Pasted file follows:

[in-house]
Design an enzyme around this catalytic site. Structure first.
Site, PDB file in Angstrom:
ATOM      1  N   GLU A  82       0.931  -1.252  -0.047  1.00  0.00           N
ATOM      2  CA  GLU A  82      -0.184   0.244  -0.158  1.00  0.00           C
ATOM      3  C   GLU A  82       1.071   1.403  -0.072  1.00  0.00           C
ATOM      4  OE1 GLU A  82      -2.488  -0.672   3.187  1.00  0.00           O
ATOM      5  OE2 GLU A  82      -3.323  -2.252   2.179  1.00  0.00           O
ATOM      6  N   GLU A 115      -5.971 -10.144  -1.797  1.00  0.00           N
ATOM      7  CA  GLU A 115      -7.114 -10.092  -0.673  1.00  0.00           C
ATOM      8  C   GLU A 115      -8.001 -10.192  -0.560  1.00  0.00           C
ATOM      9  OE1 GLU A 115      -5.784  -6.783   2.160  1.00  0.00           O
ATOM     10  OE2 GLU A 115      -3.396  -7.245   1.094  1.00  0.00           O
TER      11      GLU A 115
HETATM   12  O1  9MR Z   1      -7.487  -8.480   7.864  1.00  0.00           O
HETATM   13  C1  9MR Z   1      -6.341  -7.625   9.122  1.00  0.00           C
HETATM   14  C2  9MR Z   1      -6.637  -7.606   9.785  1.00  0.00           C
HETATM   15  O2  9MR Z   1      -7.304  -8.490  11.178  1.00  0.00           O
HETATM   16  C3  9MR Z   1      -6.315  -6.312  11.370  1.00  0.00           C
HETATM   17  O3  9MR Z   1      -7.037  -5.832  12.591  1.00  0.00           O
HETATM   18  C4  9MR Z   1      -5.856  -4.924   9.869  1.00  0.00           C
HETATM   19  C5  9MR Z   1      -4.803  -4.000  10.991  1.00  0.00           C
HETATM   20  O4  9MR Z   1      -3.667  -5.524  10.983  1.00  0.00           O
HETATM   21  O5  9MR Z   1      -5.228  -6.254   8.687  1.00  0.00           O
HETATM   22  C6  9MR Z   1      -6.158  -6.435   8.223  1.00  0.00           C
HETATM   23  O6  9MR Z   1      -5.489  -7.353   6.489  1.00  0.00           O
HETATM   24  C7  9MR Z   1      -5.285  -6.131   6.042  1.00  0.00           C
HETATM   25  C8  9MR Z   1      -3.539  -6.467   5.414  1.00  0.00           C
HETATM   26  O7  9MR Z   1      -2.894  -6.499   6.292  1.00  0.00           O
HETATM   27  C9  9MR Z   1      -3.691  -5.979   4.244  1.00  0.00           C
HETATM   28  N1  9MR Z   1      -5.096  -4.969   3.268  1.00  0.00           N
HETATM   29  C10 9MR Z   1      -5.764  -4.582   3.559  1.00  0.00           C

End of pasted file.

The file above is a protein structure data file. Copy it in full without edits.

[in-house]
Design an enzyme around this catalytic site. Structure first.
Site, PDB file in Angstrom:
ATOM      1  N   GLU A  82       0.931  -1.252  -0.047  1.00  0.00           N
ATOM      2  CA  GLU A  82      -0.184   0.244  -0.158  1.00  0.00           C
ATOM      3  C   GLU A  82       1.071   1.403  -0.072  1.00  0.00           C
ATOM      4  OE1 GLU A  82      -2.488  -0.672   3.187  1.00  0.00           O
ATOM      5  OE2 GLU A  82      -3.323  -2.252   2.179  1.00  0.00           O
ATOM      6  N   GLU A 115      -5.971 -10.144  -1.797  1.00  0.00           N
ATOM      7  CA  GLU A 115      -7.114 -10.092  -0.673  1.00  0.00           C
ATOM      8  C   GLU A 115      -8.001 -10.192  -0.560  1.00  0.00           C
ATOM      9  OE1 GLU A 115      -5.784  -6.783   2.160  1.00  0.00           O
ATOM     10  OE2 GLU A 115      -3.396  -7.245   1.094  1.00  0.00           O
TER      11      GLU A 115
HETATM   12  O1  9MR Z   1      -7.487  -8.480   7.864  1.00  0.00           O
HETATM   13  C1  9MR Z   1      -6.341  -7.625   9.122  1.00  0.00           C
HETATM   14  C2  9MR Z   1      -6.637  -7.606   9.785  1.00  0.00           C
HETATM   15  O2  9MR Z   1      -7.304  -8.490  11.178  1.00  0.00           O
HETATM   16  C3  9MR Z   1      -6.315  -6.312  11.370  1.00  0.00           C
HETATM   17  O3  9MR Z   1      -7.037  -5.832  12.591  1.00  0.00           O
HETATM   18  C4  9MR Z   1      -5.856  -4.924   9.869  1.00  0.00           C
HETATM   19  C5  9MR Z   1      -4.803  -4.000  10.991  1.00  0.00           C
HETATM   20  O4  9MR Z   1      -3.667  -5.524  10.983  1.00  0.00           O
HETATM   21  O5  9MR Z   1      -5.228  -6.254   8.687  1.00  0.00           O
HETATM   22  C6  9MR Z   1      -6.158  -6.435   8.223  1.00  0.00           C
HETATM   23  O6  9MR Z   1      -5.489  -7.353   6.489  1.00  0.00           O
HETATM   24  C7  9MR Z   1      -5.285  -6.131   6.042  1.00  0.00           C
HETATM   25  C8  9MR Z   1      -3.539  -6.467   5.414  1.00  0.00           C
HETATM   26  O7  9MR Z   1      -2.894  -6.499   6.292  1.00  0.00           O
HETATM   27  C9  9MR Z   1      -3.691  -5.979   4.244  1.00  0.00           C
HETATM   28  N1  9MR Z   1      -5.096  -4.969   3.268  1.00  0.00           N
HETATM   29  C10 9MR Z   1      -5.764  -4.582   3.559  1.00  0.00           C